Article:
Don’t get phished this holiday season
Holiday season is coming closer and I would like to take this opportunity to discuss phishing since the amount of phishing attacks increases a lot during holiday season. According to Zscaler the amount of phishing attacks increased with 400% from October to November this year as Black Friday and Cyber Monday came closer.
Phishing, which is a type of social engineering, is based upon exploiting people’s feelings. During shopping-holidays like Black Friday and Cyber Monday but also during Christmas people are more vulnerable. Phishing campaigns are designed based on the holiday. During shopping holidays, it is very common with emails or texts that contains:
- Fake Amazon Gift Cards.
- Fake login portals to Paypal and other payment sites.
- Scams related to other shopping or shipmen companies like Postnord or DHL.
During other holidays like Christmas and Easter it’s more common with greetings with bad URLs included. It can for example be a Merry Christmas email with a link to malicious site. It is also common with emails where the sender wishes you a merry Christmas and tells you that they have donated money to charity and that you can click on the link to read more. When people get these kinds of emails and like what they read they have already lowered the guard and it’s much more likely they will click on a unknown malicious link.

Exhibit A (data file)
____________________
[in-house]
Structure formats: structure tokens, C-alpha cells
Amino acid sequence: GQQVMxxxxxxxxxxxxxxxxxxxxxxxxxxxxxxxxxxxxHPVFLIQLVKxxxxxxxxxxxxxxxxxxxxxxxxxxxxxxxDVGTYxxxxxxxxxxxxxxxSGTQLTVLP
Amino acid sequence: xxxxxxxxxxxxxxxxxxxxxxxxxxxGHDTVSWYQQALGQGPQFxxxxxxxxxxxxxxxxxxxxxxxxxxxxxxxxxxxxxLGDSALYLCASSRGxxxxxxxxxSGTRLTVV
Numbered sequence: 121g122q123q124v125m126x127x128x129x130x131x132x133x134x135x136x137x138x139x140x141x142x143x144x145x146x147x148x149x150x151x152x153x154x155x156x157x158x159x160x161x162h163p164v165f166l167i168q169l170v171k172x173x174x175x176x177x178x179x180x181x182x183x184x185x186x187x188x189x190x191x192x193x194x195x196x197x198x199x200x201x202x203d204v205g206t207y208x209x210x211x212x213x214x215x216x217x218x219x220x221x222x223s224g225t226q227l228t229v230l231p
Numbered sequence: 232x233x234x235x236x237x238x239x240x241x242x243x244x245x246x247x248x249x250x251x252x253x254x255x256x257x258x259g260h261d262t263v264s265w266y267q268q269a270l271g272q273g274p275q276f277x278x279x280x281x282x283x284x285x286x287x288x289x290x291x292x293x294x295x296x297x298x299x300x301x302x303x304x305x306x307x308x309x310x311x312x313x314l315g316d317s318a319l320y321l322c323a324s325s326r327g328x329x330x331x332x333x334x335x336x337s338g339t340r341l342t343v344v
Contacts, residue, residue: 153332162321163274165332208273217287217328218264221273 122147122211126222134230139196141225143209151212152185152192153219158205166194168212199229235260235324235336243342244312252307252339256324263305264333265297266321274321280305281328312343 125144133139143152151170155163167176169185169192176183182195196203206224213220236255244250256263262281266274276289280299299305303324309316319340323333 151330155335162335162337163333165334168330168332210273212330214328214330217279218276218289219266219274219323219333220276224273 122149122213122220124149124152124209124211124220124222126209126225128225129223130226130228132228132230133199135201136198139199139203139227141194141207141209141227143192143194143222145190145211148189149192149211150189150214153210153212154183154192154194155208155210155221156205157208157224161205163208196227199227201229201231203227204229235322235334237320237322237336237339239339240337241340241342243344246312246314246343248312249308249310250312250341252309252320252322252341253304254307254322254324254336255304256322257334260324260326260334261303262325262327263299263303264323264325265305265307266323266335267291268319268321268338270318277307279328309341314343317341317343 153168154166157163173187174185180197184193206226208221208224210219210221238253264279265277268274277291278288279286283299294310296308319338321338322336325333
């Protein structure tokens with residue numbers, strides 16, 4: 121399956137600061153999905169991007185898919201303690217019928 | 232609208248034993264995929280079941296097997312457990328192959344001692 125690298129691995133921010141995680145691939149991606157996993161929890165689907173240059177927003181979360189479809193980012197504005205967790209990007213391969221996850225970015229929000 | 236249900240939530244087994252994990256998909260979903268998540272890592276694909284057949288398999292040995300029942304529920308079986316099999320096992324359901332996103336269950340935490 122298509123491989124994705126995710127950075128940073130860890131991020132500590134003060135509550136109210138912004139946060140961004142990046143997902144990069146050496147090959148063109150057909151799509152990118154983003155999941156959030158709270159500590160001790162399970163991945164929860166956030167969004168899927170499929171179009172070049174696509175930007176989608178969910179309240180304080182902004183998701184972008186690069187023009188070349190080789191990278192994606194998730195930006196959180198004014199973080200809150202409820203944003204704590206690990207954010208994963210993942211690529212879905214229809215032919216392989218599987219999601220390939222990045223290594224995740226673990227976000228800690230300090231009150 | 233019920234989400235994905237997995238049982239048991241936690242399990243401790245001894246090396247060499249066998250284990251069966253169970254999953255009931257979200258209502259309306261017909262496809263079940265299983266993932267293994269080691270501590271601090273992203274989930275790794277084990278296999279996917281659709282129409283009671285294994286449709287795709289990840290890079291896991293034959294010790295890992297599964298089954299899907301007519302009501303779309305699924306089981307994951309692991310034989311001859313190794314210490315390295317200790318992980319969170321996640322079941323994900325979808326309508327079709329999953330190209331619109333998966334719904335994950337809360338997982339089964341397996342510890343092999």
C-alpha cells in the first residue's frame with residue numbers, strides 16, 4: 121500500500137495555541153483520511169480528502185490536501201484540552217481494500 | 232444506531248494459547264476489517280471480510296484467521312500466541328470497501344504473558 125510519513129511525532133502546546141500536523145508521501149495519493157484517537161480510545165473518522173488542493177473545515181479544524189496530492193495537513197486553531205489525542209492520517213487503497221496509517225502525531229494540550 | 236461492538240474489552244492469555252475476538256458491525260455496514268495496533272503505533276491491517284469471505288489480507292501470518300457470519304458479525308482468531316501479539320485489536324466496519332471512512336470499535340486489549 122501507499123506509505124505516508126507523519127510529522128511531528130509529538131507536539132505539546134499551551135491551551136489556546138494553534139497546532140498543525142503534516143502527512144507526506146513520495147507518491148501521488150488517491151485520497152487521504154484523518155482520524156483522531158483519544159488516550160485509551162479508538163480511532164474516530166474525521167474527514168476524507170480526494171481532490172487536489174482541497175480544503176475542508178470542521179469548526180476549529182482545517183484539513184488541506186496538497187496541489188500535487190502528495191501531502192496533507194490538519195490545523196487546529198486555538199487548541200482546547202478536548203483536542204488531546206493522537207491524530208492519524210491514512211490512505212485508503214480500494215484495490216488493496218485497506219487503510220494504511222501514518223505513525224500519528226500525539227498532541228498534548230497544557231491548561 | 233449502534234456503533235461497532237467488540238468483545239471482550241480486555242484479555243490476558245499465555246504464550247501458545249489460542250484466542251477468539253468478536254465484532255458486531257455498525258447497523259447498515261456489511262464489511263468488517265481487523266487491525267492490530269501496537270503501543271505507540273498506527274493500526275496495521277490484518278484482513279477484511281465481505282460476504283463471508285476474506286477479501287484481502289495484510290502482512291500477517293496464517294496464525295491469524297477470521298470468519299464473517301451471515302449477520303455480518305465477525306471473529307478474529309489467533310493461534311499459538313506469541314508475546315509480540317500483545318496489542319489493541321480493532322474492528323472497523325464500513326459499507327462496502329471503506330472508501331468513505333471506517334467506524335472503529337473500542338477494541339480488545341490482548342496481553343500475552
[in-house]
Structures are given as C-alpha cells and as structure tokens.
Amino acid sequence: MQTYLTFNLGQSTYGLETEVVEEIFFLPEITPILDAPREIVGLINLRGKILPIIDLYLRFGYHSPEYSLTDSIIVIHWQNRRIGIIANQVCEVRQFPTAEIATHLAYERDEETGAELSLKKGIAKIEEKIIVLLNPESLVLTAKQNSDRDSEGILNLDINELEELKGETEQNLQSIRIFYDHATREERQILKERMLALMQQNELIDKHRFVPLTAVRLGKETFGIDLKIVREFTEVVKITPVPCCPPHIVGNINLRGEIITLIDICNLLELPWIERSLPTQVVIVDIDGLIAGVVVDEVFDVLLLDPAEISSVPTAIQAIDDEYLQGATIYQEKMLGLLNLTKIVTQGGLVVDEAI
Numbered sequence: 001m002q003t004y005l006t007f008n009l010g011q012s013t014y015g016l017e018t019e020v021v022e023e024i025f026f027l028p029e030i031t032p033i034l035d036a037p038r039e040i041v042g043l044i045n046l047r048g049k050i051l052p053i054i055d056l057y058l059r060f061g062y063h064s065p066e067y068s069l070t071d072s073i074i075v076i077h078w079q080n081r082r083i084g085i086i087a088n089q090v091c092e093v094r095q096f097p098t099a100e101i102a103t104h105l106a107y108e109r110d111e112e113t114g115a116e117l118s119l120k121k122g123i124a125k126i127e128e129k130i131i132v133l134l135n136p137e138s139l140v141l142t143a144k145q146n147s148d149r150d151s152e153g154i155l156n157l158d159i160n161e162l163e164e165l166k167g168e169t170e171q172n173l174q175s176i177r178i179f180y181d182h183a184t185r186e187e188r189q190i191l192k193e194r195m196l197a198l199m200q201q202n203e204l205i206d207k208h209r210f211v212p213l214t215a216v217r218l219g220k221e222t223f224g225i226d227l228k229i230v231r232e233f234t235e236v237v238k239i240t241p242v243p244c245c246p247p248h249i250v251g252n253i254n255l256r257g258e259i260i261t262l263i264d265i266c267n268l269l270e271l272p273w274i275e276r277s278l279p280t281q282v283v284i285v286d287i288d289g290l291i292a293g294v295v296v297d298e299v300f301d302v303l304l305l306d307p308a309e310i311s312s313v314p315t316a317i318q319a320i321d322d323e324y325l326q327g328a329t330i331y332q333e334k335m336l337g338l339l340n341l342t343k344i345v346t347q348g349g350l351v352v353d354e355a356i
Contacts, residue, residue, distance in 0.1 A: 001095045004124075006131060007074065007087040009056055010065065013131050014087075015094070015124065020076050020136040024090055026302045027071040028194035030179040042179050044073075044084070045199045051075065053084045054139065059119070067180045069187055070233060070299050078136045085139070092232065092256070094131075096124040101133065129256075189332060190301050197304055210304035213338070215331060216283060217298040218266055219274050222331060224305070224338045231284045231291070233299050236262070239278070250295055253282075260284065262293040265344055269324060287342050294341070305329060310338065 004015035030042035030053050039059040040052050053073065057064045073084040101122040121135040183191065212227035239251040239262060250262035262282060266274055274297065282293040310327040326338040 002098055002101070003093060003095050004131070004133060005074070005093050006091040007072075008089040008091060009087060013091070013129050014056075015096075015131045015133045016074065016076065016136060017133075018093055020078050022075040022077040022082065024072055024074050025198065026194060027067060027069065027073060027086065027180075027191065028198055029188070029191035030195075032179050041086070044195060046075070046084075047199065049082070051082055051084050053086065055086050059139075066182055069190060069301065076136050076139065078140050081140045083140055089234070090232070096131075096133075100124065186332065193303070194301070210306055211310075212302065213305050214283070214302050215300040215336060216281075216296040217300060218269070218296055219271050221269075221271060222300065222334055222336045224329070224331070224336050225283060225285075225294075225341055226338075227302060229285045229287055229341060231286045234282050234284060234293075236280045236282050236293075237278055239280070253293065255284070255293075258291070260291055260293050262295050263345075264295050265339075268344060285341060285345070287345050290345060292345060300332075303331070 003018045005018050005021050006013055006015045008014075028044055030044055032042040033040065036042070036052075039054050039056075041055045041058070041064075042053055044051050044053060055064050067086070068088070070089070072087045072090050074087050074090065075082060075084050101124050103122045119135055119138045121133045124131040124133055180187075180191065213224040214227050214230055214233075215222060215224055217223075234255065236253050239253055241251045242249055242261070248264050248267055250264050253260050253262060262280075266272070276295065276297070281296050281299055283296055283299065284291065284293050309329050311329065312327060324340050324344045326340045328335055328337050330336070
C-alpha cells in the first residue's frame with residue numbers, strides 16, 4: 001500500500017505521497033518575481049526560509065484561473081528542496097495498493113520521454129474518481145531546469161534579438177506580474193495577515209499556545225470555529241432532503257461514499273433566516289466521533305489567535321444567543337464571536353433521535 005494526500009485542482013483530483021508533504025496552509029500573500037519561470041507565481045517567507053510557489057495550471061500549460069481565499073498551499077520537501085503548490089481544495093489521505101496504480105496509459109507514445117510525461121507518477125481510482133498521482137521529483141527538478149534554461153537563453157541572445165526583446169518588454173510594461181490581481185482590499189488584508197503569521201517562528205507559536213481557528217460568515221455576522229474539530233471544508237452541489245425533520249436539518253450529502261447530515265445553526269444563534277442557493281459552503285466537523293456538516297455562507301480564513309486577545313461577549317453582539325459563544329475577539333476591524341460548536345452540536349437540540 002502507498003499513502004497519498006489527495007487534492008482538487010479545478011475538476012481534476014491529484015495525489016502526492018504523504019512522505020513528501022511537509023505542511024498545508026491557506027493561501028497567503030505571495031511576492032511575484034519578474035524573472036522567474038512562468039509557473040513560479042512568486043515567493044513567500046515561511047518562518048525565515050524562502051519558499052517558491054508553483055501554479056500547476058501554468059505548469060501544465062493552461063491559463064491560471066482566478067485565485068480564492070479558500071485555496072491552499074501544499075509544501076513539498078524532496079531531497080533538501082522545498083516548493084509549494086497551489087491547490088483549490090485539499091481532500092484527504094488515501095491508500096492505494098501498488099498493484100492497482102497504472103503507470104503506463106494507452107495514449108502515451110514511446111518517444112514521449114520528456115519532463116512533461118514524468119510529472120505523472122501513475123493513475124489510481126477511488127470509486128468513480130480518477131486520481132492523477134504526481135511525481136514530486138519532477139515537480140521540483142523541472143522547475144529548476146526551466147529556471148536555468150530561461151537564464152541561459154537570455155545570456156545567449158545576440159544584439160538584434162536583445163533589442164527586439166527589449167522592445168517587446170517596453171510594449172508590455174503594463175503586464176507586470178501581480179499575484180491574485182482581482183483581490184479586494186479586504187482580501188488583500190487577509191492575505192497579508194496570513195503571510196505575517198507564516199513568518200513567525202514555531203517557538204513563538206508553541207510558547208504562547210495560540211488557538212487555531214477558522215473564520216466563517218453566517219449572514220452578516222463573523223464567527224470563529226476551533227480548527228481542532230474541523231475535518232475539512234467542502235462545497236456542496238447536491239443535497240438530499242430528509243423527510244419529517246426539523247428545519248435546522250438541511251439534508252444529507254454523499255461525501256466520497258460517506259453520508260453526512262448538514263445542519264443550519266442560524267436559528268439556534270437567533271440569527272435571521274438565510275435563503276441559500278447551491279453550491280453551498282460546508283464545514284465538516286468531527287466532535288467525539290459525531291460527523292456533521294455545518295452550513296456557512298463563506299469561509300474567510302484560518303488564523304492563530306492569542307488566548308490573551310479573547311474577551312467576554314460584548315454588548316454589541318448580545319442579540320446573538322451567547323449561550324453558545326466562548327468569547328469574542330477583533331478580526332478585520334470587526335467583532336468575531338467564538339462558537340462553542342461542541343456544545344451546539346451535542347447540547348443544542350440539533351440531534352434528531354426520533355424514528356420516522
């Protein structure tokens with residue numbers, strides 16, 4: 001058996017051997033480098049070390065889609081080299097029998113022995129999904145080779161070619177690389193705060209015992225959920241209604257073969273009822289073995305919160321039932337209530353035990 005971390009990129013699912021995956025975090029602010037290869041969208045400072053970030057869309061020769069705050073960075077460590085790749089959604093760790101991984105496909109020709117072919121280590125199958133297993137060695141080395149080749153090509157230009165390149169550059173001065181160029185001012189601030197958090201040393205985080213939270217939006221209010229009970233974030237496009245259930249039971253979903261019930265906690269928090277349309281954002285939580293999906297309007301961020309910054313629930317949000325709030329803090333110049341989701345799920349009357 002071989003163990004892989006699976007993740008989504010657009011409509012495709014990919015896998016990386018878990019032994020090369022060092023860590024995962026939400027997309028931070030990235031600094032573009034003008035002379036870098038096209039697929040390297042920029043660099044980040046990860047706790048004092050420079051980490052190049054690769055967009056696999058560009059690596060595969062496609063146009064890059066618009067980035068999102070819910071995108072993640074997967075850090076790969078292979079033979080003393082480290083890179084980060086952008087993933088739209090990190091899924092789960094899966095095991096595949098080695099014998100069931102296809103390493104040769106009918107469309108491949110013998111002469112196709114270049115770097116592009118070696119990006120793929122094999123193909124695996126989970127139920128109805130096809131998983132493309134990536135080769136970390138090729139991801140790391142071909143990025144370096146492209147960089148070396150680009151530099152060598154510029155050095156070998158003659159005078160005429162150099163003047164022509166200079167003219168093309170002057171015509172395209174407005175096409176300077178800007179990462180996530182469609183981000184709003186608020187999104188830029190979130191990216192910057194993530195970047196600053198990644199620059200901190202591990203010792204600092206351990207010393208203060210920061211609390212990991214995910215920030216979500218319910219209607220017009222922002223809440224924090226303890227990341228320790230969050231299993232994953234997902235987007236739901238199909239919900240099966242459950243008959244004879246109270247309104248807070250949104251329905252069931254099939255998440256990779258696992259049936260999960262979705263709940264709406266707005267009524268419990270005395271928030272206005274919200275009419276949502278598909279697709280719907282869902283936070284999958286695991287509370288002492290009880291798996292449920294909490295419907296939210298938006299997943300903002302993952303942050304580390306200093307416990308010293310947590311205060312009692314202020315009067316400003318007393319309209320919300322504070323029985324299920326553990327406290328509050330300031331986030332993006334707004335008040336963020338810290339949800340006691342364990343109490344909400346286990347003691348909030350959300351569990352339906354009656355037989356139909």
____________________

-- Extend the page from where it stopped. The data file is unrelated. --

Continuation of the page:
It’s crucial to always be vigilant and know how to distinguish phishing emails from legitimate ones, especially since 94% of all malware are delivered via email according to Verizon. I came across a poster from LogRythm a few years ago with a top ten list for how to spot and handle a phishing email and it’s still viable.
I recommend you to think about these tips when you get an email and make sure to always keep the guard up when it comes to emails. If you want to read more about this topic you can also read my earlier blog post where I discussed link manipulation, Virustotal and that Google released a great quiz where you can test your ability to identify phishing email.
If you have any questions or want to know more, don’t hesitate to send me and email at: firstname.lastname@example.org or comment below.